Andrew Pelling MP stopped by cops for taking pictures of East Croydon cycle path
A Conservative Member of Parliament was stopped and searched by police under anti-terrorism laws after he was found taking pictures of a cycle path.
Andrew Pelling, MP for Central Croydon, was searched by police officers who thought he might be a terrorist, despite him showing his House of Commons pass when they asked for identification.
Mr Pelling had been taking pictures of the cycle lane at the junction of Addiscombe Road and Cherry Orchard Road and said his motive was to highlight the “long-neglected bicycle and pedestrian route”, which had been of concern to his constituents.
But, as police officers drove past they noticed his behaviour. Two officers then approached Mr Pelling and asked what he was doing as they believed he had been taking pictures of East Croydon train station.
He told the officers he was a MP and that he was taking the pictures for use in Parliament “to illustrate the dangers posed by the protracted maintenance works”.
Still suspicious, they demanded to see his ID, but even when Mr Pelling produced his House of Commons identification the officers were not satisfied.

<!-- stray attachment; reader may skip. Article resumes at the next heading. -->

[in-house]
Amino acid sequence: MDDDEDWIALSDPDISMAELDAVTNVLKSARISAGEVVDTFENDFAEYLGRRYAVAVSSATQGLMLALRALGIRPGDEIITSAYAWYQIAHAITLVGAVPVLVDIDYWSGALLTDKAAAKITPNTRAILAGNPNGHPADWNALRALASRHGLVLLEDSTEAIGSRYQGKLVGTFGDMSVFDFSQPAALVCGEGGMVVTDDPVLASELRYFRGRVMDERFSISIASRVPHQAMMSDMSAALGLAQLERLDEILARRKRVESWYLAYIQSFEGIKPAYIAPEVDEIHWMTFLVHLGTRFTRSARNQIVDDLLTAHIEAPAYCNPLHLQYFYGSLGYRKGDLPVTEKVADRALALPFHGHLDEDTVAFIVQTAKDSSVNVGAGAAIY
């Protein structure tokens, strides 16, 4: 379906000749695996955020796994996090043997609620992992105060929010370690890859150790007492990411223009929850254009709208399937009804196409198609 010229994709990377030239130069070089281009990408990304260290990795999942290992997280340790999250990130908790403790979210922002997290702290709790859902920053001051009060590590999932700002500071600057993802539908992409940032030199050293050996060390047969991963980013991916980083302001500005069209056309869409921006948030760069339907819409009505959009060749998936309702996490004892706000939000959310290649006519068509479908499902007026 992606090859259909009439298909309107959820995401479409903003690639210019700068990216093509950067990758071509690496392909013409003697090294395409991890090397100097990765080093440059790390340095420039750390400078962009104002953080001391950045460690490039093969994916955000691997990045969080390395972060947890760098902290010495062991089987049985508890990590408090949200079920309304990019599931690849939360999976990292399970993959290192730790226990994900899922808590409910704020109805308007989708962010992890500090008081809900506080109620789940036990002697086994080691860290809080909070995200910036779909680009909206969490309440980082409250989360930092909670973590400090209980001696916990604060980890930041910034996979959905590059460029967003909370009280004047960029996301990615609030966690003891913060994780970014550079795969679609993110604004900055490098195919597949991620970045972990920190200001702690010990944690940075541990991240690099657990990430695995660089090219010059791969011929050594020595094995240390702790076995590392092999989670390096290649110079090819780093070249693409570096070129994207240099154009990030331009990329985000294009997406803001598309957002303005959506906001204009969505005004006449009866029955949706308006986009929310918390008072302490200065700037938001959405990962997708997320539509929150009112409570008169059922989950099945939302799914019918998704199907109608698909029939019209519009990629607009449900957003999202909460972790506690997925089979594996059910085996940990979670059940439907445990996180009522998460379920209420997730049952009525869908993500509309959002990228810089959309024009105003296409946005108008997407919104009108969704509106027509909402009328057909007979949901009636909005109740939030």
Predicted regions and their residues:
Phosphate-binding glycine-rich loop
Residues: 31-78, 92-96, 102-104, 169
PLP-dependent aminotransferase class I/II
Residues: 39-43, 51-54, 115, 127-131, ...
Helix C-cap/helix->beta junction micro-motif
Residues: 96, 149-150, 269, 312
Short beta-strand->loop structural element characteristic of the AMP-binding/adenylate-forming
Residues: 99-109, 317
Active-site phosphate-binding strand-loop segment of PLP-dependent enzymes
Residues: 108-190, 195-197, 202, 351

They issued a stop-and-search notice and searched his bag, but after finding nothing of concern they left.
A police spokeswoman confirmed the incident on December 30 saying: “An officer stopped and searched a man’s bag in Cherry Orchard Road on December 30, under section 44 of the Terrorism Act. The officer conducted a stop-and-search – taking into account the current terror threat – as he was taking pictures in the vicinity of a major transport hub."
Mr Pelling said: “It is pleasing to see just how vigilant our police is at these times of heightened international political tension and the risk of terrorism here at home.
“I am glad my stop and search account as a white, middle-aged male shows that anyone can be suspected of, and questioned about, terrorism, regardless of race, creed or colour.
“This is another burden on the police when the key concern of combating knife killings is still an urgent call on local police resources.
“Despite what is said about the number of police officers being sufficient, I have real worries that the local command is awarded insufficient manpower resources in a town of dynamic change, which brings with it increasing policing needs.”
Mr Pelling is not the first MP to have been a victim of the Government’s anti-terror laws, with Conservative MP Damian Green controversially detained for several hours in December.